Sloppy Joes

In the 1990s, Sloppy Joe sandwiches were a staple of cafeterias and potluck dinners. But the messy creation was actually invented decades ago. Some believe it was created in 1930, when a cook named Joe from Sioux City, Iowa, mixed “loose meat” with tomato sauce and served it on bread. Others claim that iconic local hotspot Sloppy Joe’s Bar in Key West, Florida, was the sandwich’s birthplace (via Blue Apron). Regardless of its exact origin, the sloppy joe became a beloved comfort food that gained popularity across the country.
However, despite its past popularity, Sloppy Joes have slowly fallen out of favor in recent years. As food trends have shifted toward healthier and more diverse options, this messy sandwich has lost its appeal to many. While you may still find it on some menus or at nostalgic gatherings, it’s no longer a common comfort food.

Bottom line

Comfort foods have always played an important role in our lives, providing comfort and a sense of nostalgia. But as times change and culinary tastes evolve, some once-popular comfort foods inevitably fade into obscurity. Tuna noodle casserole, chicken a la king, milk toast, and sloppy joes are just a few examples of dishes that were once beloved but are now rarely found on dinner tables.
While these comfort foods may have lost their popularity, they still hold a special place in the memories of those who enjoyed them in the past. Exploring the history and decline of these dishes allows us to appreciate the ever-changing nature of food culture and its impact on our culinary choices.
As we continue to seek comfort and satisfaction from our favorite foods, it’s fascinating to consider which current comfort foods may eventually fade away, making way for new creations and flavors that will capture our hearts and taste buds in the years to come.


Some once-popular comfort foods that have fallen out of favor include tuna noodle casserole, chicken à la king, milk toast, and sloppy joes.

Why did these comfort foods fall out of favor?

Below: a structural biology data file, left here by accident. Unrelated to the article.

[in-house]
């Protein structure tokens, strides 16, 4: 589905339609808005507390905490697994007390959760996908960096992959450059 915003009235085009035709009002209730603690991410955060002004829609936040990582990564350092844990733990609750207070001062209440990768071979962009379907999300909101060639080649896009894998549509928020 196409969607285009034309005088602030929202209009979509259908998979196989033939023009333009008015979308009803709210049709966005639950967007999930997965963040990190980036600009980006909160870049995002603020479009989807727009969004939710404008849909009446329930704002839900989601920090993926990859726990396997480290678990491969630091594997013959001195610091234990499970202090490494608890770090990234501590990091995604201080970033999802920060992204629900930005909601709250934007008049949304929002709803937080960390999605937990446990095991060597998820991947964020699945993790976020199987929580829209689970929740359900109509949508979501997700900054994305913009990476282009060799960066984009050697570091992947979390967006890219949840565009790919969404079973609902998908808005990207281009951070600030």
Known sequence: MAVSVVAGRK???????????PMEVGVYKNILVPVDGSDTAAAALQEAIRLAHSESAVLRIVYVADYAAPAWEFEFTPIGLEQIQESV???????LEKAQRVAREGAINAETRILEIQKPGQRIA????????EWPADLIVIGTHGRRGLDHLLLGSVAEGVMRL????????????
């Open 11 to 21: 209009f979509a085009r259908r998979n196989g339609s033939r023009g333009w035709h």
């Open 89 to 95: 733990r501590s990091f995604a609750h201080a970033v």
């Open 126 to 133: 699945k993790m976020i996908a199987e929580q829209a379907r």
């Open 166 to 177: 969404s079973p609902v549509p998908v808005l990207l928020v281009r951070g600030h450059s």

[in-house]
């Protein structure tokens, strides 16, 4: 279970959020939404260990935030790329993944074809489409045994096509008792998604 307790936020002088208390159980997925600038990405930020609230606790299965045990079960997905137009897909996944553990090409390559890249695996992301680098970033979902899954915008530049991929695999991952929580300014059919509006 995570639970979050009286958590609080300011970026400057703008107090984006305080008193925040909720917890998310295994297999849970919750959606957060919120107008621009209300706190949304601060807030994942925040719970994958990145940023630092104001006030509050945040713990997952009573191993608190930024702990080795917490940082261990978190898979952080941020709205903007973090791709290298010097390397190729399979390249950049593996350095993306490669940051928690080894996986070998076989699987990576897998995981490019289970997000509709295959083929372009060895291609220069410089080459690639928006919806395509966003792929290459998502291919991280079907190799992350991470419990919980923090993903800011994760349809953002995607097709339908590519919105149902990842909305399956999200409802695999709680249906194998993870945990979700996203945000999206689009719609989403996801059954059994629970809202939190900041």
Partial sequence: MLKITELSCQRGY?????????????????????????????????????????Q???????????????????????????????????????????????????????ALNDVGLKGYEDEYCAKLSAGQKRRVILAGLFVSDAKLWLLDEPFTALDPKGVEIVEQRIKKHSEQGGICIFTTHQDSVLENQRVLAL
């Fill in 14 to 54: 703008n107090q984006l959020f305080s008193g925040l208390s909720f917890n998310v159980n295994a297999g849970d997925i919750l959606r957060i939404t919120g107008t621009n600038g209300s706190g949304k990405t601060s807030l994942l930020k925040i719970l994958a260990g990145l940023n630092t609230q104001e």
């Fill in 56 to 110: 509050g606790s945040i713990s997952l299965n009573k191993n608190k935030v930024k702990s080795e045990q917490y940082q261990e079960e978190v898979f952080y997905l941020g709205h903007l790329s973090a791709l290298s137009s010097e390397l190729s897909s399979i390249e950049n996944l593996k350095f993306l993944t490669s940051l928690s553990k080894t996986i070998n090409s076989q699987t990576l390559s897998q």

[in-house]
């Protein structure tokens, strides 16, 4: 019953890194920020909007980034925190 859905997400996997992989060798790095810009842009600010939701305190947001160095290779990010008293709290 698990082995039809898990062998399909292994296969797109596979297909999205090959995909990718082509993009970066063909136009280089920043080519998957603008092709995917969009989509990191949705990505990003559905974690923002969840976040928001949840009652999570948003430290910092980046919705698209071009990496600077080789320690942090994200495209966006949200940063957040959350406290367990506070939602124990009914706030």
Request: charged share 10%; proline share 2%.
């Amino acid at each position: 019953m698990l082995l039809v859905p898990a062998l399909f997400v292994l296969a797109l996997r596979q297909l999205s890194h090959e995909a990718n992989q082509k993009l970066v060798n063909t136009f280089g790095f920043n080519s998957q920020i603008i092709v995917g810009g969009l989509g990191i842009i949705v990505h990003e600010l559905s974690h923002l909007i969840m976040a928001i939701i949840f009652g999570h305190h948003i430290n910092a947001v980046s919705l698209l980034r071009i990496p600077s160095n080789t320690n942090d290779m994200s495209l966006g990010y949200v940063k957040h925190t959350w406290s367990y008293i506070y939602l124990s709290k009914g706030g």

The reasons for the decline in popularity of these comfort foods vary. Factors such as changing food trends, health concerns, sustainability issues, and the introduction of new and diverse culinary options have contributed to their decreased consumption.

What role did the decline of canned tuna play in the decline of tuna noodle casserole?

Tuna noodle casserole, once a dinner table staple, experienced a decline in popularity due to declining sales of canned tuna. Growing concerns about the health effects of tuna consumption and its sustainability affected demand and led to a decline in consumption of this comfort food.

Where did chicken à la king originate and why did it lose popularity?

Chicken à la king originated in New York City and was a comfort food as well as an upscale dish in the early 20th century. Over time, however, it gradually lost popularity, possibly due to the lack of widespread recipe sharing prior to the Internet era.

What is Milk Toast and why is it no longer commonly eaten?

Milk Toast is a simple dish consisting of buttered toast sprinkled with cinnamon and sugar and topped with heated, flavored milk. While it was once found in cookbooks and was a comforting option, it has fallen out of popularity in recent times, especially in the United States. However, a variation known as condensed milk toast remains popular in Hong Kong.

Why have sloppy joes lost their appeal as a comfort food?

Sloppy Joes, messy sandwiches of ground meat and tomato sauce, were once popular but have lost their appeal in recent years. As food trends have shifted toward healthier and more diverse options, the popularity of Sloppy Joes has waned, resulting in a decline in their consumption as a comfort food.

Leave a Reply

Your email address will not be published. Required fields are marked *